However, a person taking inhaled corticosteroids is at increased risk of developing pneumonia. Other potential side effects include:

  • cough
  • sore mouth or throat
  • nosebleeds
  • a hoarse, or croaky voice
  • oral thrush (fungal infection in the mouth)

Systemic glucocorticoids work by reducing inflammation. Doctors may prescribe them to manage acute flare-ups of emphysema. However, they do not recommend taking these on a long-term basis as they can potentially cause many side effects, including:

  • increased blood glucose levels
  • weight gain
  • muscle breakdown
  • bone breakdown
  • infections
  • osteoporosis
  • adrenal insufficiency, which is when the adrenal glands struggle to make certain hormones, such as cortisol and aldosterone
  • Cushing’s syndrome (characterized by abdominal and back weight gain and rounding of the face)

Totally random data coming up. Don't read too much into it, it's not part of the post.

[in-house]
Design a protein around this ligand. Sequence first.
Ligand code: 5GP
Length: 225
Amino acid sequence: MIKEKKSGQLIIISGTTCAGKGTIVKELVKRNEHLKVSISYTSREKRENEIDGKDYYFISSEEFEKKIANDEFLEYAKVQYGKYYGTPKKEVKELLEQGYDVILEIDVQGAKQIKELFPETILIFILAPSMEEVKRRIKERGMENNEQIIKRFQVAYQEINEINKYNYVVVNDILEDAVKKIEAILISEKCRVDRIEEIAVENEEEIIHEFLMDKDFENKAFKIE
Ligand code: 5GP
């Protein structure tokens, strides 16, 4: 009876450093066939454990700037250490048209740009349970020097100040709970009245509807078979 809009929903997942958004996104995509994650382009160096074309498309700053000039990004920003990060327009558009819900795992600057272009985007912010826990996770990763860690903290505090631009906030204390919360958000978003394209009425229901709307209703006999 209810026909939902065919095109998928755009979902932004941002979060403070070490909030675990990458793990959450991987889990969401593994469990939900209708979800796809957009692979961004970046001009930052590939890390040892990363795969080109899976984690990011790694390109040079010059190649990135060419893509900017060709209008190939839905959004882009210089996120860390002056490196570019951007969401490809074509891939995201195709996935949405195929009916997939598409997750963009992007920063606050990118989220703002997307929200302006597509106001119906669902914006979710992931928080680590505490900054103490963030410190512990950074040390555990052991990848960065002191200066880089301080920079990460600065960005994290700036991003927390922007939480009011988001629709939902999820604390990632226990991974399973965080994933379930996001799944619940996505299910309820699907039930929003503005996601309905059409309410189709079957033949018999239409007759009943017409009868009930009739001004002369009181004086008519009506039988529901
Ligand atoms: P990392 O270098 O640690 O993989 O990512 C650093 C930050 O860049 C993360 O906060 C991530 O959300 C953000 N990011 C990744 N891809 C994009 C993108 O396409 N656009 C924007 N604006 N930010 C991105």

• slowed growth in children
  • cardiovascular problems, including fluid retention, edema, weight gain, hypertension, and arrhythmia
  • skin problems, including bruising, skin thinning, acne, mild hirsutism, facial rashes, stretch marks, impaired wound healing, hair thinning, and dermatitis around the mouth
  • eye problems, including cataracts and glaucoma
  • neuropsychiatric problems, including anxiety, depression, psychosis, sleep disturbance, and inability to stay still

Doctors may need to examine a person’s medical history and perform a physical exam before prescribing this medication. If a person has a preexisting condition — for example, diabetes — systemic glucocorticoids may not be appropriate.

Phosphodiesterase-4 (PDE4) inhibitors aim to reduce inflammation by inhibiting the breakdown of a cell signaling molecule called “cyclic AMP.”

Doctors may prescribe roflumilast (Daliresp), a PDE4 inhibitor, to reduce flare-ups in people with severe emphysema.

However, potential adverse effects of PDE4 inhibitors include:

  • nausea
  • vomiting